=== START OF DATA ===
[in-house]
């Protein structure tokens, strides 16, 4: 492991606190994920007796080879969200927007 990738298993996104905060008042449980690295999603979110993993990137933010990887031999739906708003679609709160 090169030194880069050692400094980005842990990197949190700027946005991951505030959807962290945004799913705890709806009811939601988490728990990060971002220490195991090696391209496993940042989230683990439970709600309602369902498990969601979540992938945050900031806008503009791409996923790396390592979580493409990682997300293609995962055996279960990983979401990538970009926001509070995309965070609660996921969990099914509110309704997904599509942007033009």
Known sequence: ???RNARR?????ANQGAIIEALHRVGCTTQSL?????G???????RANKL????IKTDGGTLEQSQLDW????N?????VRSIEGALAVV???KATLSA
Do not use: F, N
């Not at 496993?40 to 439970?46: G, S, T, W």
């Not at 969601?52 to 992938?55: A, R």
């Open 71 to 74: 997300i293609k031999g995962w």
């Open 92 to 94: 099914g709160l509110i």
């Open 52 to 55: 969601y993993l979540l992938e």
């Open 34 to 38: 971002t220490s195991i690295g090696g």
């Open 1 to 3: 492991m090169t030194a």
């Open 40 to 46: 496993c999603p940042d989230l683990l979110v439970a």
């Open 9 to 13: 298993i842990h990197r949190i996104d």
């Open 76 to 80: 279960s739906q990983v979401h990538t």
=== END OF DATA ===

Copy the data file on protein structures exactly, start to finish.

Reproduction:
[in-house]
């Protein structure tokens, strides 16, 4: 492991606190994920007796080879969200927007 990738298993996104905060008042449980690295999603979110993993990137933010990887031999739906708003679609709160 090169030194880069050692400094980005842990990197949190700027946005991951505030959807962290945004799913705890709806009811939601988490728990990060971002220490195991090696391209496993940042989230683990439970709600309602369902498990969601979540992938945050900031806008503009791409996923790396390592979580493409990682997300293609995962055996279960990983979401990538970009926001509070995309965070609660996921969990099914509110309704997904599509942007033009």
Known sequence: ???RNARR?????ANQGAIIEALHRVGCTTQSL?????G???????RANKL????IKTDGGTLEQSQLDW????N?????VRSIEGALAVV???KATLSA
Do not use: F, N
């Not at 496993?40 to 439970?46: G, S, T, W």
């Not at 969601?52 to 992938?55: A, R």
């Open 71 to 74: 997300i293609k031999g995962w």
């Open 92 to 94: 099914g709160l509110i």
């Open 52 to 55: 969601y993993l979540l992938e």
């Open 34 to 38: 971002t220490s195991i690295g090696g």
């Open 1 to 3: 492991m090169t030194a």
């Open 40 to 46: 496993c999603p940042d989230l683990l979110v439970a």
């Open 9 to 13: 298993i842990h990197r949190i996104d």
């Open 76 to 80: 279960s739906q990983v979401h990538t």